20 People .NET Developers Should Follow on Twitter

I have been tweeting for quite some time now and I have found it to be a very interesting way to stay top of the technical pulse of .NET, jQuery, and numerous other technologies and tools.

For those of you developers that have recently started using Twitter, here is a brief list of 20 people that I think you would gain a lot of insight from by following.

Please understand that there are many others that I could list, but for brevity I chose only the top 20. The following individuals are in alphabetical order.

Please feel free to add a comment with your favorite top developer twitter individuals. I would love to follow them and I'm sure others would as well.

*Note: My interests mainly revolve around Microsoft ASP.NET, ASP.NET MVC, ASP.NET AJAX, other .NET Technologies, jQuery, JavaScript, XHTML, CSS, XML, etc...

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VSTS 2010 Local Microsoft Event

Last night I went to a local Microsoft Event demonstrating the cool new features of VSTS 2010 presented by Mark Mydland (Principal Group Manager of VSTS Test).

Mark demonstrated numerous new features of VSTS 2010 such as...

  • Allowing the tester to automatically capture data to eliminate no-repro bugs
  • Allowing the developer to immediately navigate to the problem code
  • Creating automating test cases with coded UI test
  • And much more...

In addition Mark demonstrated some products that have recently come out of Microsoft Research...

  • Pex
    "Right from the code editor, Pex finds interesting input-output values of your methods, which you can save as a small test suite with high code coverage. Pex performs a systematic analysis, hunting for boundary conditions, exceptions and assertion failures, which you can debug right away."

    If you are new to Pex, you might want to check out the following resources...

    "CHESS is an automated tool for finding errors in multithreaded software by systematic exploration of thread schedules. It finds errors, such as data-races, deadlocks, hangs, and data-corruption induced access violations, that are extremely hard to find with current testing tools. Once CHESS locates an error, it provides a fully repeatable execution of the program leading to the error, thus greatly aiding the debugging process."

    If you are new to CHESS, you might want to check out the following resources...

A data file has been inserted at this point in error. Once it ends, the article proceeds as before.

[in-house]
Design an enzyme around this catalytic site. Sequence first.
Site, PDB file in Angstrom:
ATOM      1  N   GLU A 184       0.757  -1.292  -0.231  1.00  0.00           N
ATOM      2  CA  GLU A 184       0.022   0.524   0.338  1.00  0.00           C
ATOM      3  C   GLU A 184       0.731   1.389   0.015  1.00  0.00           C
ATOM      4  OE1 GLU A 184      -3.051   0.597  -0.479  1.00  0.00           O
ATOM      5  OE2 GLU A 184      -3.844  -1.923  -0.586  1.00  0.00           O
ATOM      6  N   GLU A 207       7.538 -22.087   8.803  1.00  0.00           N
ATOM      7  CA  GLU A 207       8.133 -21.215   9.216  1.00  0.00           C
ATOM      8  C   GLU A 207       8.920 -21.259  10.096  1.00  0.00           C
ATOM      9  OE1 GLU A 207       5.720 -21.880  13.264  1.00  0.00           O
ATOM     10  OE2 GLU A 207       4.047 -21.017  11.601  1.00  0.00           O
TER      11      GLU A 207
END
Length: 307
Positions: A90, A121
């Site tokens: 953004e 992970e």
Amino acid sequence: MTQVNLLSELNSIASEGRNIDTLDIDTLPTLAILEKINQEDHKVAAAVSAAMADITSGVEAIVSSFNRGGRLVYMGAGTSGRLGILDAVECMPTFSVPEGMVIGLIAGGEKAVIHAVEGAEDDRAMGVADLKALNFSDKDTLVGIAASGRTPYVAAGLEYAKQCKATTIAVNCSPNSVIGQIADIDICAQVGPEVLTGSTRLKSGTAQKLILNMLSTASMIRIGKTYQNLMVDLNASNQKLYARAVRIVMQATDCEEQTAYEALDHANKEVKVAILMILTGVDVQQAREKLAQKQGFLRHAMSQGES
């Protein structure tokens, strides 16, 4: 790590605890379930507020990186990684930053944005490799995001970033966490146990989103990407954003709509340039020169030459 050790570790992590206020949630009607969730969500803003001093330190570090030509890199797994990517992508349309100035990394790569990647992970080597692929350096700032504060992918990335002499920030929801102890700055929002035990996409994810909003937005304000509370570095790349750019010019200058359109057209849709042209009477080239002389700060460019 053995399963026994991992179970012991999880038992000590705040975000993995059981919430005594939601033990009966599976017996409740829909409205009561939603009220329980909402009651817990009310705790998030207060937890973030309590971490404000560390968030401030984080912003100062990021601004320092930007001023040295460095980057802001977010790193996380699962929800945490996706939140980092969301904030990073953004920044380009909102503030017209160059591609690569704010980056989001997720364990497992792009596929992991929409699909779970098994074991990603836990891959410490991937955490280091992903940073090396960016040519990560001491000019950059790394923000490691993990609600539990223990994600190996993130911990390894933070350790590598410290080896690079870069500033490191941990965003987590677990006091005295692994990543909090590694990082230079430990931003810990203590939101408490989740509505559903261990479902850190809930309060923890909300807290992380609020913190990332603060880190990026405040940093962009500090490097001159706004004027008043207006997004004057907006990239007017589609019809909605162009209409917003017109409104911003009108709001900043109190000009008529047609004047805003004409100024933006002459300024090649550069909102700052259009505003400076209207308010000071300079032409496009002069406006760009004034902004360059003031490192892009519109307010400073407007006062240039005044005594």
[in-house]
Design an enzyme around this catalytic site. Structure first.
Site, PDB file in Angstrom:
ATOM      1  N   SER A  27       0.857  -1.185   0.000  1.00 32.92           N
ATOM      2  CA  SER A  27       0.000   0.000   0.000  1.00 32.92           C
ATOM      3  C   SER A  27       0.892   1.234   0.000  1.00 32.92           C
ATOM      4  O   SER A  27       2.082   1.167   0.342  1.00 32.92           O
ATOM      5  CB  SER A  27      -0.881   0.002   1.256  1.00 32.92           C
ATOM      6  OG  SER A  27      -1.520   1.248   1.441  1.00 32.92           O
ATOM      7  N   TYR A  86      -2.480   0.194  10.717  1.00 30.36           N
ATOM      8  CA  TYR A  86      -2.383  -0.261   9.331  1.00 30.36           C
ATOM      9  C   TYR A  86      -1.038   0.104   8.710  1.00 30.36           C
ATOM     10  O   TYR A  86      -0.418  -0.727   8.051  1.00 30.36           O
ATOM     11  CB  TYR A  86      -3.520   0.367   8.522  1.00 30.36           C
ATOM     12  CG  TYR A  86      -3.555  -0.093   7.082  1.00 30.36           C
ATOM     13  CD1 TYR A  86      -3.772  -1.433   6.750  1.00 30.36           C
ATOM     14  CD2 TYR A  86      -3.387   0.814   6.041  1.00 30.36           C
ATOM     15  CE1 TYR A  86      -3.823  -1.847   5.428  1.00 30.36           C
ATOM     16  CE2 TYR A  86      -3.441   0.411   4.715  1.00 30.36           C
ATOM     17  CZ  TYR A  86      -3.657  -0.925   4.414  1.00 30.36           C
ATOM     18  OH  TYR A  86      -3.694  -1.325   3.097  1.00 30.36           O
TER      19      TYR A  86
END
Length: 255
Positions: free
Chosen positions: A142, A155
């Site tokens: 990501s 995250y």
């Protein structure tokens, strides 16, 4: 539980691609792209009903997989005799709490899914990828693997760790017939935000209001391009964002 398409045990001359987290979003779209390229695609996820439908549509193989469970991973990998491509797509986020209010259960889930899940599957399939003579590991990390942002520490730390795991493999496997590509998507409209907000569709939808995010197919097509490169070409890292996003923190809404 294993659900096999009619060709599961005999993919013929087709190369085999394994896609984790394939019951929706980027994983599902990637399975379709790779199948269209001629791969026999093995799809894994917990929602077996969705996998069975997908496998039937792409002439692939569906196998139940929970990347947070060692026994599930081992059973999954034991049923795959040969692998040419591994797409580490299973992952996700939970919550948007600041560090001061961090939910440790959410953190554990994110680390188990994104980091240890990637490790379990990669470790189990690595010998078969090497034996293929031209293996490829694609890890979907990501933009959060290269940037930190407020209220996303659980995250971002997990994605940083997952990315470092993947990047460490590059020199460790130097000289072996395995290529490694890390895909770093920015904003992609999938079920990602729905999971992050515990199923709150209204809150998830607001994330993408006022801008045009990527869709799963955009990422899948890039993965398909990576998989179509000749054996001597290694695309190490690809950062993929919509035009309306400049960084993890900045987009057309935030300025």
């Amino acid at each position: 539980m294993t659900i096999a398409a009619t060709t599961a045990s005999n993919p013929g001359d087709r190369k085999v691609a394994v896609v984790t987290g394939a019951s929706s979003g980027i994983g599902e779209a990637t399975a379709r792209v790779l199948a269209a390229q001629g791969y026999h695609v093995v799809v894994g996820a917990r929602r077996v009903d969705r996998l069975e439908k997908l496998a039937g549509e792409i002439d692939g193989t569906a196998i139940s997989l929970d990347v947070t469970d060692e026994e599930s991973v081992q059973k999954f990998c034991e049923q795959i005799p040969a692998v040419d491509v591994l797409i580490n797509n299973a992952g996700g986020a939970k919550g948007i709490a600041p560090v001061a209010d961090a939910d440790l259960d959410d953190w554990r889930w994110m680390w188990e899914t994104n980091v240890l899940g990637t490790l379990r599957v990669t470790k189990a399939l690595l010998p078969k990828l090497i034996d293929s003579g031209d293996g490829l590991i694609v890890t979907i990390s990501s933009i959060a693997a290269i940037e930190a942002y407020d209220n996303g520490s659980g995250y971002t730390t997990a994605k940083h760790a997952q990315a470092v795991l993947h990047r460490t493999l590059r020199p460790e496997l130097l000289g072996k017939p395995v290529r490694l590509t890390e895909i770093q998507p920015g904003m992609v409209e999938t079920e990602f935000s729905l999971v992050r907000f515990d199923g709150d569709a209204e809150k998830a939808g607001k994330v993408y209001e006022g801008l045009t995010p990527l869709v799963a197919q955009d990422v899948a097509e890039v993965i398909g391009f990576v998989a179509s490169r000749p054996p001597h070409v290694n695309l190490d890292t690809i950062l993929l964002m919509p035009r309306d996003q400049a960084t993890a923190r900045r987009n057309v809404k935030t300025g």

Feel free to download Visual Studio 2010 and .NET Framework 4.0 CTP and start playing with it today.

Note: If you were unable to make this talk, then there is a PDC video covering most, but not all of the content entitled Microsoft Visual Studio Team System: A Lap Around VSTS 2010 by Cameron Skinner (Product Unit Manager on the VSTS team). Here is a brief description of the video...

"In the spirit of an agile sprint, see how to use the next version of Visual Studio Team System to manage user stories and re-factor existing architecture. Learn how to diagnose real production problems, debug in-production virtual labs, capture test data to eliminate the no-repro bugs, transparently plan, monitor, and adapt software projects."

Thank you Compuware for sponsoring the event!

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Tech Twitterings via jQuery & Twitter

Several weeks ago, I decided to start a weekly blog entry compiling a list of my technical tweets from Twitter. After the second week, I noticed that it was taking me much too long to compile the list, so I decided to create a tool to make it easier.

My current solution involves several Firefox add-ons, jQuery, and Twitter. Eventually, it would probably be much easier if I used the Twitter APIs directly, but for now I have found this solution to be a fun learning exercise :)

Steps to Create the Tech Twitterings Entry<ol><li>Search for my technical (#tech) tweets from Twitter</li> <li>Use the Firefox AutoPager add-on to automatically load the next several pages to capture all the tweets from the last week.</li> <li>Use the Firefox Greasemonkey add-on and run the Load jQuery Library script to load the jQuery library onto the Twitter search page</li></ol>Load jQuery Library<pre>
// ==UserScript==
// @name Load jQuery Library
// @namespace http://webdevdotnet.blogspot.com
// @include http://search.twitter.com/
// ==/UserScript==

//Code taken from http://internetducttape.com/2008/05/08/greasemonkey-ninja-jquery/
var GM_JQ = document.createElement(‘script’);
GM_JQ.src = ‘http://jquery.com/src/jquery-latest.js’;
GM_JQ.type = ‘text/javascript’;

function GM_wait() {
if (typeof unsafeWindow.jQuery == ‘undefined’) {
} else {
$ = unsafeWindow.jQuery; letsJQuery();

function letsJQuery() {
unsafeWindow.console.log(‘The jQuery Library has been loaded’);
</pre><ol start="4"><li>Use the Firefox Firebug add-on and use it’s console (F12) to run the jQuery Twitter Script</li></ol>jQuery Twitter Script<pre>
$(‘li.result .msg .msgtxt .expand’).remove();
var categories = new Array();
var categoryKeys = new Array();
$(‘li.result .msg .msgtxt’).each(function(i,tweet) {
var tweetText = $(tweet).text();
var regularExpression = new RegExp(‘.
#tech.(#\w+).’, ‘gi’);
var matches = regularExpression.exec(tweetText);